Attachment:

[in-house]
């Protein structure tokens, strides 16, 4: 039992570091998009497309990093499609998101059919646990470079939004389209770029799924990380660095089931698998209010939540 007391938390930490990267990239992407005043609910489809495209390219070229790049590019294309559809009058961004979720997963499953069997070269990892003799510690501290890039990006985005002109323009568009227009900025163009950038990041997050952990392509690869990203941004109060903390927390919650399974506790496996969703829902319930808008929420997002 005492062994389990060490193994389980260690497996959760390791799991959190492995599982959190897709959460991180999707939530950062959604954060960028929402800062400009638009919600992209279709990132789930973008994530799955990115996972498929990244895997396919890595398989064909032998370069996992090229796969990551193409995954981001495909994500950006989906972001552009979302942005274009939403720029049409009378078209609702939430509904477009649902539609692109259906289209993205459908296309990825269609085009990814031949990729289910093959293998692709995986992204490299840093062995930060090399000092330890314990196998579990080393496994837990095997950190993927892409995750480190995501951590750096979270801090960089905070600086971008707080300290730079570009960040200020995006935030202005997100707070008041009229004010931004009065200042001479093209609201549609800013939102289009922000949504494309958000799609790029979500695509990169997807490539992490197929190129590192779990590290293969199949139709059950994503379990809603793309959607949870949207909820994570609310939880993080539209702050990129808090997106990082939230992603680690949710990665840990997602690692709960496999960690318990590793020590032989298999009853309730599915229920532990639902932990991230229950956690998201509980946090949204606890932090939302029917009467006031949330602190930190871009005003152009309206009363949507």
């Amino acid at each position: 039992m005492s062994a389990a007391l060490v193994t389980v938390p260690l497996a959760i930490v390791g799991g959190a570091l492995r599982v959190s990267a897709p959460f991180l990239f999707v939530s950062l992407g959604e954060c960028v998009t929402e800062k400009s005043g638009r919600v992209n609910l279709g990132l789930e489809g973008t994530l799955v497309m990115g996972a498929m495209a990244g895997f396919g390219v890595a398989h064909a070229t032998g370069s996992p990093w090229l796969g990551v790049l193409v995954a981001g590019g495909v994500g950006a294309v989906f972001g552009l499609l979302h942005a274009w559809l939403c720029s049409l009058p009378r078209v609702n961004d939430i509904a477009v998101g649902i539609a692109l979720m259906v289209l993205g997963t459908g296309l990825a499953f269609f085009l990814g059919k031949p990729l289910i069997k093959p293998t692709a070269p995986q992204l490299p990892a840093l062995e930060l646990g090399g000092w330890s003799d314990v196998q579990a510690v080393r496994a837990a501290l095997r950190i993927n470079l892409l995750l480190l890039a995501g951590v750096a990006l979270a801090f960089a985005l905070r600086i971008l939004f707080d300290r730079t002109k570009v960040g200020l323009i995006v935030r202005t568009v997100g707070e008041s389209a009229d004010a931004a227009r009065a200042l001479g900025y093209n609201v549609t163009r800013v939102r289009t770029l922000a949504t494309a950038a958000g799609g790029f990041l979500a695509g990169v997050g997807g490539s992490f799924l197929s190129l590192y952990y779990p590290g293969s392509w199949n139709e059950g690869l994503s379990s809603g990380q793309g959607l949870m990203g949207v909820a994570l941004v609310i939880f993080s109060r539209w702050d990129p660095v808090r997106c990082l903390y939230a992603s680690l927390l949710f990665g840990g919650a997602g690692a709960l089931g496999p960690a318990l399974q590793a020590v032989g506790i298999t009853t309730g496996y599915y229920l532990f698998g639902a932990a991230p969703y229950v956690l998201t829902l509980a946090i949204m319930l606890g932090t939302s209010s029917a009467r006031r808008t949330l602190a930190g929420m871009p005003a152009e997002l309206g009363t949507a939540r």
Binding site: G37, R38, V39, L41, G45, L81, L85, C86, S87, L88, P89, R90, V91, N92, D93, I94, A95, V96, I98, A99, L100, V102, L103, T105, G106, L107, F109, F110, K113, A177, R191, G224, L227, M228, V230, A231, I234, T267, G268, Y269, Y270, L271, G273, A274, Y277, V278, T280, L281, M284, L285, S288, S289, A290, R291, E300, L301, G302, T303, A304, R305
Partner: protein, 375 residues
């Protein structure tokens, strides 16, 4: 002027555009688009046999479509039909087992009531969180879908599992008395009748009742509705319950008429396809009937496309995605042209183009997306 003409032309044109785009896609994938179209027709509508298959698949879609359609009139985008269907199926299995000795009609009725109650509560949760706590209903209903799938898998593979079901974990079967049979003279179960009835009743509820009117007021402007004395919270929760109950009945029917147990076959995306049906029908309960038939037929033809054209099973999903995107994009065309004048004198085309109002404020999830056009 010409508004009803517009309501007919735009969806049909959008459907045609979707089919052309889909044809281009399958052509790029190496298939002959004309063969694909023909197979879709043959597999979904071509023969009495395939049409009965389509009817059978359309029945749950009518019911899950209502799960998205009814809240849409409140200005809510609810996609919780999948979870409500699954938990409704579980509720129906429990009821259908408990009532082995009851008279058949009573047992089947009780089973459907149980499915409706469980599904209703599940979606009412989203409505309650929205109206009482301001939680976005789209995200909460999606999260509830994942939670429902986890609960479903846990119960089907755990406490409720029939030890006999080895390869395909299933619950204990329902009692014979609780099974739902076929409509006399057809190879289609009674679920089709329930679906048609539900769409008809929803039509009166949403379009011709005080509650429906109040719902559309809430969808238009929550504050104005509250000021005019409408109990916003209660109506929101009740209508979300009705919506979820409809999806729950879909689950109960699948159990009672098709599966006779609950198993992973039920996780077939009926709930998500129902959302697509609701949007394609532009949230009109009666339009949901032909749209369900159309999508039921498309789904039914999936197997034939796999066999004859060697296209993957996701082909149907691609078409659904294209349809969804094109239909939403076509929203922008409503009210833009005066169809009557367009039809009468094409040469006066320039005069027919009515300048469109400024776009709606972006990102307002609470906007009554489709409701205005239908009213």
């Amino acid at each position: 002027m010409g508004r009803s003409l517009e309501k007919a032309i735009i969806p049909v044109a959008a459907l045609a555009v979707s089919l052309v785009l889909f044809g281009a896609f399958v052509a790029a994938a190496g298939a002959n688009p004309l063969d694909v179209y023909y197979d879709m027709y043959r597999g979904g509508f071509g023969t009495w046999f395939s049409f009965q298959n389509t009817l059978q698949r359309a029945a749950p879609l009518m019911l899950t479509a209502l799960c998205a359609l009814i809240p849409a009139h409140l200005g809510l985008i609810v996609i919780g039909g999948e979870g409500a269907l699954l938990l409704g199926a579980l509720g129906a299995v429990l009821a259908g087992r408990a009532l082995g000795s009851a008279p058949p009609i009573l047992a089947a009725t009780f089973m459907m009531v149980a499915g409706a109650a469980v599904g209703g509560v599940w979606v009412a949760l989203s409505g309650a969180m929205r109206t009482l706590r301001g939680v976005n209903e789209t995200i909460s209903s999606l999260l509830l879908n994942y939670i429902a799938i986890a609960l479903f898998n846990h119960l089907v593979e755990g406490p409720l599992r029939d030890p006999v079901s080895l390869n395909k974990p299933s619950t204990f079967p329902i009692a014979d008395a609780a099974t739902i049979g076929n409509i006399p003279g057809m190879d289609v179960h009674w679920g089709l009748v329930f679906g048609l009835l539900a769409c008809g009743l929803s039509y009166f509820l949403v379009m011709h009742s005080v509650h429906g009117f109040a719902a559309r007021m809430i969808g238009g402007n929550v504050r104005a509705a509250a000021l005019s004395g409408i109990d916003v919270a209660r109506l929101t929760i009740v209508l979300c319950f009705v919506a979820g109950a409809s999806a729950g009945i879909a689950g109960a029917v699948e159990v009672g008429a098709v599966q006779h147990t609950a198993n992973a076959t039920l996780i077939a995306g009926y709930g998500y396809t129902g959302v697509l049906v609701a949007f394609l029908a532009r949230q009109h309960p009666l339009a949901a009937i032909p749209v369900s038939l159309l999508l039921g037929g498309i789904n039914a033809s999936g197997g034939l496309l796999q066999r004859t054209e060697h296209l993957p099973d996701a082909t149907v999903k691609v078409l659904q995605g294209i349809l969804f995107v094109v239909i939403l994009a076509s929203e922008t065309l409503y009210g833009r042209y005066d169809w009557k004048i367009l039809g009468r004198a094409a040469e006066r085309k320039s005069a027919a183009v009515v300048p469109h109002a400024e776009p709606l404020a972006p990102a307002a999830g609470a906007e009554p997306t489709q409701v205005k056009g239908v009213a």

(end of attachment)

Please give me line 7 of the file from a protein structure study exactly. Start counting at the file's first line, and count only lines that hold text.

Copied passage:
């Amino acid at each position: 002027m010409g508004r009803s003409l517009e309501k007919a032309i735009i969806p049909v044109a959008a459907l045609a555009v979707s089919l052309v785009l889909f044809g281009a896609f399958v052509a790029a994938a190496g298939a002959n688009p004309l063969d694909v179209y023909y197979d879709m027709y043959r597999g979904g509508f071509g023969t009495w046999f395939s049409f009965q298959n389509t009817l059978q698949r359309a029945a749950p879609l009518m019911l899950t479509a209502l799960c998205a359609l009814i809240p849409a009139h409140l200005g809510l985008i609810v996609i919780g039909g999948e979870g409500a269907l699954l938990l409704g199926a579980l509720g129906a299995v429990l009821a259908g087992r408990a009532l082995g000795s009851a008279p058949p009609i009573l047992a089947a009725t009780f089973m459907m009531v149980a499915g409706a109650a469980v599904g209703g509560v599940w979606v009412a949760l989203s409505g309650a969180m929205r109206t009482l706590r301001g939680v976005n209903e789209t995200i909460s209903s999606l999260l509830l879908n994942y939670i429902a799938i986890a609960l479903f898998n846990h119960l089907v593979e755990g406490p409720l599992r029939d030890p006999v079901s080895l390869n395909k974990p299933s619950t204990f079967p329902i009692a014979d008395a609780a099974t739902i049979g076929n409509i006399p003279g057809m190879d289609v179960h009674w679920g089709l009748v329930f679906g048609l009835l539900a769409c008809g009743l929803s039509y009166f509820l949403v379009m011709h009742s005080v509650h429906g009117f109040a719902a559309r007021m809430i969808g238009g402007n929550v504050r104005a509705a509250a000021l005019s004395g409408i109990d916003v919270a209660r109506l929101t929760i009740v209508l979300c319950f009705v919506a979820g109950a409809s999806a729950g009945i879909a689950g109960a029917v699948e159990v009672g008429a098709v599966q006779h147990t609950a198993n992973a076959t039920l996780i077939a995306g009926y709930g998500y396809t129902g959302v697509l049906v609701a949007f394609l029908a532009r949230q009109h309960p009666l339009a949901a009937i032909p749209v369900s038939l159309l999508l039921g037929g498309i789904n039914a033809s999936g197997g034939l496309l796999q066999r004859t054209e060697h296209l993957p099973d996701a082909t149907v999903k691609v078409l659904q995605g294209i349809l969804f995107v094109v239909i939403l994009a076509s929203e922008t065309l409503y009210g833009r042209y005066d169809w009557k004048i367009l039809g009468r004198a094409a040469e006066r085309k320039s005069a027919a183009v009515v300048p469109h109002a400024e776009p709606l404020a972006p990102a307002a999830g609470a906007e009554p997306t489709q409701v205005k056009g239908v009213a």